There are differences between the two situations. For one, there is (as yet) no indication that the President was involved in the 2006 prosecutor purge. And of course, the US Attorneys targeted were not investigating the White House. So there is a huge disparity in the degree of gravity between the two cases. It seems that culpability in this case rests with the office of the AG and possibly the White House Counsel/Rove.

All Americans -- right or left -- should be disturbed by this abuse of power. The Department of Justice should never be used as a political tool. There is evidence of exactly that occuring. For example, a study published in 2006 showed that in the four years between 2000-2004, DoJ investigations of local elected officials targeted Democrats eight times more often than republicans! That this is derived out of partisan purposes is inarguable. Nobody with a shred of intellectual honesty can argue that local Democrats are an order of magnitude more corrupt that republicans. (Indeed, at the national level, the opposite would seem to be the case.)

So, to the conservative trolls out there, if you wish to support this abuse of the power of the Department of Justice, pause a moment and imagine what it will be like should President Clinton or Obama decide that turnabout is fair play and fill the offices of the US Attorneys with partisan hacks under orders to investigate only republicans and give the free pass to Democrats.

Payback can be hell.

21 March 2007

More JCAHO fun

All physicians hate JCAHO. Truly, it is an awful organization and they do awful things to the practice of medicine*. It seems like every year there is some new fad, some new measure that they are pushing down the throats of the people trying to practice medicine in a challenging environment.

I am sure there is some good that comes of JCAHO regulations. Their intentions may be good. But when you are the practicing doc (or nurse, God help them, the burden of the regs falls much harder on the nurses), trying to deal with a sick population, half of whom are uninsured, in an overcrowded ED with too few nurses and no inpatient beds and no specialists will to take call, the miniscule, petty, trivial, small-minded rules promulgated by this unelected bunch of bureaucrats can make you crazy.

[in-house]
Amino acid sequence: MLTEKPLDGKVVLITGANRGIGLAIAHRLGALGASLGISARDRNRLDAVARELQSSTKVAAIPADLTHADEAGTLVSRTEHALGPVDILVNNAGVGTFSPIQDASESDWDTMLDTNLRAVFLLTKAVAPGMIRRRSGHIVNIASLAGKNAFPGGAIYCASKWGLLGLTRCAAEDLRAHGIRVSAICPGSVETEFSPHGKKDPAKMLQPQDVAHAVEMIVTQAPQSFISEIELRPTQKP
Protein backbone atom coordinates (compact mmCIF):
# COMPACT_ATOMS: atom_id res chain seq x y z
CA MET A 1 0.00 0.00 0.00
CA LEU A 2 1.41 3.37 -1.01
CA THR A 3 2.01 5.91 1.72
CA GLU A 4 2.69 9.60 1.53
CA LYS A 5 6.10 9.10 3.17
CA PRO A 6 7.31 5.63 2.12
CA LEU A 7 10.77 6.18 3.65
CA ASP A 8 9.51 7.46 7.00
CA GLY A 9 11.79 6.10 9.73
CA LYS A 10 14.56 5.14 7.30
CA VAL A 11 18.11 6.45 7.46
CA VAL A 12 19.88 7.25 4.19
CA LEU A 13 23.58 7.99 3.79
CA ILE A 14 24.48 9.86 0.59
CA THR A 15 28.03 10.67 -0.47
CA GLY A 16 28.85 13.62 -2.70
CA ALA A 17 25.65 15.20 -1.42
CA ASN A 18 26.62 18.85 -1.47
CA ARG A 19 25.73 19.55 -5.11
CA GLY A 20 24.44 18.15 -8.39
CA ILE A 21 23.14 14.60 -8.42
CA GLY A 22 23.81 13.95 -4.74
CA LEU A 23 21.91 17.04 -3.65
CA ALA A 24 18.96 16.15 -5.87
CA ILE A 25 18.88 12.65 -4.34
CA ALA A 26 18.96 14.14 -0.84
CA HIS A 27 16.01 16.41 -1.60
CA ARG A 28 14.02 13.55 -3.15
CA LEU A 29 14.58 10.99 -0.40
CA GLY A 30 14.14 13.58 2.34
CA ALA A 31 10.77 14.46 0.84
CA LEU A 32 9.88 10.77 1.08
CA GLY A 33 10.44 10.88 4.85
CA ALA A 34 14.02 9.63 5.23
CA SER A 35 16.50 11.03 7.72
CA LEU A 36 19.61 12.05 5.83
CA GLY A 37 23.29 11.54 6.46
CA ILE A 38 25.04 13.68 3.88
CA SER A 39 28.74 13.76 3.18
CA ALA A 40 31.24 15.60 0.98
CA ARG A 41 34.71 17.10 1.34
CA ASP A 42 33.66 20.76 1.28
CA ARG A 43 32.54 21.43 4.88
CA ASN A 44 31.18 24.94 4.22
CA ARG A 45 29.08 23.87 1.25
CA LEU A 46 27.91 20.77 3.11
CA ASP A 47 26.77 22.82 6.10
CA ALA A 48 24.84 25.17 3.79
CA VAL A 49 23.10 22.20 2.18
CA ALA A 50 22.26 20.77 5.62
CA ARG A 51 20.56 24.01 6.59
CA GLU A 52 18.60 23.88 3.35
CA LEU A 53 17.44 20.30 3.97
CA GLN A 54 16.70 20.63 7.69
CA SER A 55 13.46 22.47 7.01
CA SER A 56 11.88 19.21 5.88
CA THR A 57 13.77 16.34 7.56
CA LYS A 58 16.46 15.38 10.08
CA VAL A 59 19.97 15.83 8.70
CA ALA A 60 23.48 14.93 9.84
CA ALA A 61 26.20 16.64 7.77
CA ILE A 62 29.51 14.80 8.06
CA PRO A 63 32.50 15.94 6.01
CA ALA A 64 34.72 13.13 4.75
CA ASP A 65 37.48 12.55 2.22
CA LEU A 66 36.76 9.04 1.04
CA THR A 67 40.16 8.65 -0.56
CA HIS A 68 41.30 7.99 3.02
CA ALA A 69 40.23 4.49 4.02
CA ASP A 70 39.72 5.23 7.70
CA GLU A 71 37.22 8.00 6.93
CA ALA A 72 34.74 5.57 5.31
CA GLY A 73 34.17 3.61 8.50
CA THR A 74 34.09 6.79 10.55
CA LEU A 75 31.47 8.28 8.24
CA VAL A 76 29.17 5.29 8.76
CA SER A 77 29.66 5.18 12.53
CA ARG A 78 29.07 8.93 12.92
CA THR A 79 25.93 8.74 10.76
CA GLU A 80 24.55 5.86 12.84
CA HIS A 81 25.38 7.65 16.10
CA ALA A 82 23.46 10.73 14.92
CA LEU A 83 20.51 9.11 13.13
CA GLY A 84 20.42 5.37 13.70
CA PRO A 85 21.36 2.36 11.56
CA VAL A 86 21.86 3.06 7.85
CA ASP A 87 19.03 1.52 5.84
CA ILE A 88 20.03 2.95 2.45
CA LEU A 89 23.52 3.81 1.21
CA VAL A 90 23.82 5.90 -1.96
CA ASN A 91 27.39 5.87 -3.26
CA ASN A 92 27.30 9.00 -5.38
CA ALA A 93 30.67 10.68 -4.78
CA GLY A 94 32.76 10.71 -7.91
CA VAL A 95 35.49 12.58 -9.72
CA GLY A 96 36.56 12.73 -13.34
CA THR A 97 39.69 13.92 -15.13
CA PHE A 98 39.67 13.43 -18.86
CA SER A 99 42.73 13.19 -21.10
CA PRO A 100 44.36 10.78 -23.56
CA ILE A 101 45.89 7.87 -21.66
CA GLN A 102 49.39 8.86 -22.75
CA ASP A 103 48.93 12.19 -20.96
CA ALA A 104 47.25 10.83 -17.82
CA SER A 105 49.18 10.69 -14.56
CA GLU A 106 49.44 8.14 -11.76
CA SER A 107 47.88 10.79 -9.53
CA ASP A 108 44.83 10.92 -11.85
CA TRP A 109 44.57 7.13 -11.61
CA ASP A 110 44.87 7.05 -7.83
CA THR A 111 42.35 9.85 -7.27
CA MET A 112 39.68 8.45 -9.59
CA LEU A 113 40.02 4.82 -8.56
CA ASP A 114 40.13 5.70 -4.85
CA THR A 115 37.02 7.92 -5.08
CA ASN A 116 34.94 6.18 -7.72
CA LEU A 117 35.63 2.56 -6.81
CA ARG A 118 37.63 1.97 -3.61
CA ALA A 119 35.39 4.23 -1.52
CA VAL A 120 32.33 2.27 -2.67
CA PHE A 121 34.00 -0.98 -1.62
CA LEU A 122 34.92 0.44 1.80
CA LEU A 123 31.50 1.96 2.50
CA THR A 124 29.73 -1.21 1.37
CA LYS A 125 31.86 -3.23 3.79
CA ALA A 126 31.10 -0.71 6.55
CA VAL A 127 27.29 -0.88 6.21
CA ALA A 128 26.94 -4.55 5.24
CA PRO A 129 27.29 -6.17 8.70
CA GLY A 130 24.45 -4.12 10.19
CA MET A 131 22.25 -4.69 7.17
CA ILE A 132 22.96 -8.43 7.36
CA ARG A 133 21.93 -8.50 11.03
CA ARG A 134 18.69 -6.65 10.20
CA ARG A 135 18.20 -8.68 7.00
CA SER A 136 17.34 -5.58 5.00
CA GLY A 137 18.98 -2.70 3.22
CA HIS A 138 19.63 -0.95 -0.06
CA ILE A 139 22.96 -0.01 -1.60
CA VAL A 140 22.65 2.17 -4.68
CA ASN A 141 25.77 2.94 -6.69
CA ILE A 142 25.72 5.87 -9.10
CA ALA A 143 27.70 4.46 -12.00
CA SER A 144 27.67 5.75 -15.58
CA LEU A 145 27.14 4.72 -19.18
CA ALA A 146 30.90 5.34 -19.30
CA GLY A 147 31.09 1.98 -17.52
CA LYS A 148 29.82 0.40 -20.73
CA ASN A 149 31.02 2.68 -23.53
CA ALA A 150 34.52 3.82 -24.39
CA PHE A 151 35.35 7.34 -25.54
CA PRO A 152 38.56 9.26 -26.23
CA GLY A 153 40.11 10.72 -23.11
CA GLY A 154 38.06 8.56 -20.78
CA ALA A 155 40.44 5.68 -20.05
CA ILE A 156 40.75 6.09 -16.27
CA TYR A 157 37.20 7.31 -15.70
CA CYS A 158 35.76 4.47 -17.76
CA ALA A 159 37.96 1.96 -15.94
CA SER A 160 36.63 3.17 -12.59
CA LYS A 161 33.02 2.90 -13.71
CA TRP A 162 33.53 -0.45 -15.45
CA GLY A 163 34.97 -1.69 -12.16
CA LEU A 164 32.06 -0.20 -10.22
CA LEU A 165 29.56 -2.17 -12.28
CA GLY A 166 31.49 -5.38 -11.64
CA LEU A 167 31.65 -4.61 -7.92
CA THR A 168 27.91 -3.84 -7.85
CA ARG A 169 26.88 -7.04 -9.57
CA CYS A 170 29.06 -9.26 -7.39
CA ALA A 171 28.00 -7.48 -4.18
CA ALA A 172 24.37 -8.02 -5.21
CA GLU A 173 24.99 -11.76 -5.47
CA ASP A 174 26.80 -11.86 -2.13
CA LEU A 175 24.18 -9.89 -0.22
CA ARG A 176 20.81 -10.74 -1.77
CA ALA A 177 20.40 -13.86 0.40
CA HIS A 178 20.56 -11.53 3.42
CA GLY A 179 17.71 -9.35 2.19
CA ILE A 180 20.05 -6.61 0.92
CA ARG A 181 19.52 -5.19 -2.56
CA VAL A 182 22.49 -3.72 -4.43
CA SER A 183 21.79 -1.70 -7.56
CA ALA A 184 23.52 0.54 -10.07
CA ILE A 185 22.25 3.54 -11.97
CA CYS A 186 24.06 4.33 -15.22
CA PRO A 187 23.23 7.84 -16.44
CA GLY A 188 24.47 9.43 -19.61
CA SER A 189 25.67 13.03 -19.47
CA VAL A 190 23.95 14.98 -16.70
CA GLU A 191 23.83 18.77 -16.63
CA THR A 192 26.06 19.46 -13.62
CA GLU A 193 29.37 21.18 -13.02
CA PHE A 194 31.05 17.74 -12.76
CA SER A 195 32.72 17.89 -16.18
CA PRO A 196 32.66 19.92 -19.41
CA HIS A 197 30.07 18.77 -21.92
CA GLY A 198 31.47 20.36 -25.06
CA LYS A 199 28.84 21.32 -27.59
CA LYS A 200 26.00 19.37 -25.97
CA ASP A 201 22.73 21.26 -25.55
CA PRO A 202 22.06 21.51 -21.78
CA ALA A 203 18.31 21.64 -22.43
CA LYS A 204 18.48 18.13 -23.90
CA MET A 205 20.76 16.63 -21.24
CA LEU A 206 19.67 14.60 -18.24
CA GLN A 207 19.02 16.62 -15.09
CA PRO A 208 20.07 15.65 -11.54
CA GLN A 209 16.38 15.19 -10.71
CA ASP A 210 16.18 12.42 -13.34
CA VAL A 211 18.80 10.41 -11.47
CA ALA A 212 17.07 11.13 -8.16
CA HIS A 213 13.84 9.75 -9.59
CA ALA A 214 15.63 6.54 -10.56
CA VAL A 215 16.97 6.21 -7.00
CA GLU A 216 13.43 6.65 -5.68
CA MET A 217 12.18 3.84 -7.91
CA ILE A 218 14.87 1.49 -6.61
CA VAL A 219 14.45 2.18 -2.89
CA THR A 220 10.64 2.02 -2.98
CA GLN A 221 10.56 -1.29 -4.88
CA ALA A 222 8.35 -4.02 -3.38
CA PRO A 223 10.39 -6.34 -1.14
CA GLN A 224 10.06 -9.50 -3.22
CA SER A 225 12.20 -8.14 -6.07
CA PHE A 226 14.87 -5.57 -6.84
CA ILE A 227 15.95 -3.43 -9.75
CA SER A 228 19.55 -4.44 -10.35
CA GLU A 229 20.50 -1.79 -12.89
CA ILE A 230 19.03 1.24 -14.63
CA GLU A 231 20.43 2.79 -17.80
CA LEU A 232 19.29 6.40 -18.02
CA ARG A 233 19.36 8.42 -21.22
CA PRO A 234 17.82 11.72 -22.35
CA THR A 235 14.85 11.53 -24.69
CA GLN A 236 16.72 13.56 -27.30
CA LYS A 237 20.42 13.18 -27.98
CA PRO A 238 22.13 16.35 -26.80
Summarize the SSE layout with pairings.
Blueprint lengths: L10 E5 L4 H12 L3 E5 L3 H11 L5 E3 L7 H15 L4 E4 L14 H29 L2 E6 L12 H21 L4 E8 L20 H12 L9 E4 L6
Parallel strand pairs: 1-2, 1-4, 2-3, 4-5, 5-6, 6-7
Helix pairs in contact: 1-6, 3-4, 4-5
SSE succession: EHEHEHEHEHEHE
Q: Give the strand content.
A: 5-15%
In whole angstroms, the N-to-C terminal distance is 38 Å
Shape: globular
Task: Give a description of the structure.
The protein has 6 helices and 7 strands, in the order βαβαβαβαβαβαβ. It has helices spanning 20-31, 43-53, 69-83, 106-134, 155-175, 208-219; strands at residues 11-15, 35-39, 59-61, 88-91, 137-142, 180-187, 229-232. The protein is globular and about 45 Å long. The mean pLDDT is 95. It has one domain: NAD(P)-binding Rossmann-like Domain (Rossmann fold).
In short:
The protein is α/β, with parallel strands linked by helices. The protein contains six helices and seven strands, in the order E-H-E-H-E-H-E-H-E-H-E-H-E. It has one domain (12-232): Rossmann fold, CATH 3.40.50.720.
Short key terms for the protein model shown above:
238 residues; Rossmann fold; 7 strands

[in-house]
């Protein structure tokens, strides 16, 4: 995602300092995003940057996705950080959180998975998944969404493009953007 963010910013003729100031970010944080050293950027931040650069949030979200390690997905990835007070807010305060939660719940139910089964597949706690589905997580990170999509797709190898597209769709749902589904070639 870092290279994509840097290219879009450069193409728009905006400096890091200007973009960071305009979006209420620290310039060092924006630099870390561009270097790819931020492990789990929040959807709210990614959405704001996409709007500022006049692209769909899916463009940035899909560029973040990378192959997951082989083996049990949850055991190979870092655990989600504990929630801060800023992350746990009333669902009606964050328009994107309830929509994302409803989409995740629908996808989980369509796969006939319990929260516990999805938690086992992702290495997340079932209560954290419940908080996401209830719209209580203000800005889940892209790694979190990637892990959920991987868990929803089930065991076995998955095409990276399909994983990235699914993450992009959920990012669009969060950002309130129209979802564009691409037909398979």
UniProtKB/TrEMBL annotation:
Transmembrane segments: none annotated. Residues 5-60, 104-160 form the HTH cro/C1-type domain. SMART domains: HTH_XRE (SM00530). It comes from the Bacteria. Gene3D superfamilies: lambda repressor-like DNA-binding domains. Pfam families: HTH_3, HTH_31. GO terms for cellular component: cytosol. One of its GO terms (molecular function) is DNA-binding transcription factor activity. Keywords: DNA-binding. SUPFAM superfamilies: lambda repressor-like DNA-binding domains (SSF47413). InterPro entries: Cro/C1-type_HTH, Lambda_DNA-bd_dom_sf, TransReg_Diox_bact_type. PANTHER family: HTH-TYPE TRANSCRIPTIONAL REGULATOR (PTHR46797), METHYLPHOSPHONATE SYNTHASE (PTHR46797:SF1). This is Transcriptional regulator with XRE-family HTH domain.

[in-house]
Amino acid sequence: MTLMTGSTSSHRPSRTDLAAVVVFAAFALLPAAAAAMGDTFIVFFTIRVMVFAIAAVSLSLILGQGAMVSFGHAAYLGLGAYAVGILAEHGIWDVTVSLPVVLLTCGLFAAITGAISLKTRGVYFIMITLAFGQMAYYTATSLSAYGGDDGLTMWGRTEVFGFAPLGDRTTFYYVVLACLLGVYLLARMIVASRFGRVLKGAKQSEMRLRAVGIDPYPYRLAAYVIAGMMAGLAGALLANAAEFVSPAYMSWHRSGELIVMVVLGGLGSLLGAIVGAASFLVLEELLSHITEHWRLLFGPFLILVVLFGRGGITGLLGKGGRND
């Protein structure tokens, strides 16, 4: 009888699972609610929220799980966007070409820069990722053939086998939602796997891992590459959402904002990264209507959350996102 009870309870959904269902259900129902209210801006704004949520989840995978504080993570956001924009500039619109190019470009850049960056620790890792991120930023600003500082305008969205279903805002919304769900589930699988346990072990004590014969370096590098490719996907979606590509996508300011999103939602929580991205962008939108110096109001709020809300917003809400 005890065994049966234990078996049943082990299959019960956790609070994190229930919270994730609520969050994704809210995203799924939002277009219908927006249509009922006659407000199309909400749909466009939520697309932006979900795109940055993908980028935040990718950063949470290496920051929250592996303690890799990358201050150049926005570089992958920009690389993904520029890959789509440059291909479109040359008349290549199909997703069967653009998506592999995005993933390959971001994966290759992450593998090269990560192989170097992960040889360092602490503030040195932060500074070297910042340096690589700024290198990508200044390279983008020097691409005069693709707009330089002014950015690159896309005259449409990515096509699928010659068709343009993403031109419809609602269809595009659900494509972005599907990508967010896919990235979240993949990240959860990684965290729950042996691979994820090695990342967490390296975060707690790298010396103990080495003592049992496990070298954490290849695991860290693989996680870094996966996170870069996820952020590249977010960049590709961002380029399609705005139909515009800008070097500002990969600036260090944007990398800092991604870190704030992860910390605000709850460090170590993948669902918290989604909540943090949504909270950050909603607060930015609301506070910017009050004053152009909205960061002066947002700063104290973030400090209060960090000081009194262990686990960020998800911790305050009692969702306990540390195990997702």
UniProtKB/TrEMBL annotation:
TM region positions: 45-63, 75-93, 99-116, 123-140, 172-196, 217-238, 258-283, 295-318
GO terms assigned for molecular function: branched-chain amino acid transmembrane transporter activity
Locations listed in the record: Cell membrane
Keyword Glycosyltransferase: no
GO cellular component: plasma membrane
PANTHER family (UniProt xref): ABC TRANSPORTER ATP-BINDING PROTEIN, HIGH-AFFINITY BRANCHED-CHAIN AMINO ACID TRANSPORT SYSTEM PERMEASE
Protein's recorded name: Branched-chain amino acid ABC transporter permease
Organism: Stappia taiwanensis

For example, a couple of years ago, it was decreed that nothing could be stored under the sink in the ED. I have no idea why -- under the sink is a perfectly good storage place for non-medical supplies. They had to turn the ER upside down finding new legal storage places for the displaced stuff. And last year it was abbreviations. I agree that some abbreviations probably are confusing and should be clarified -- that's good common sense. But they came out with a list of dozens of abbreviations which are banned, many of which are perfectly clear (such as the use of L for Left and R for right). There is no appeal for their decisions, they are passed down from on high as infallible law, and woe betide the nursing manager if the department is singled out as deficient on a JCAHO survey.

The new rule, designed, it seems, to increase patient treatment times and decrease patient satisfaction and quality of care, is this:
All non-emergent medications must be reviewed by a pharmacist and mixed (if necessary) by a pharmacist.
Which sounds reasonable on the face of it until it collides with the hard reality:
We don't have a pharmacist in the ED. There aren't enough pharmacists to go around as it is, and now, instead of keeping the drugs in the ER and mixing them at the point of service (which isn't that hard), we need to send up to the inpatient pharmacy, wait for the PharmD to get around to it in their workflow, and send it back down. And we are not even talking about the dangerous stuff, but routine meds like certain antibiotics. Another interruption to our workflow, another delay in patient care, just one more in the death of a thousand cuts that is making health care that much more of an unpleasant profession.

And the scary thing is that this is an improvement from the original draft regulation, which said that all meds had to be reviewed in advance by a pharmacist.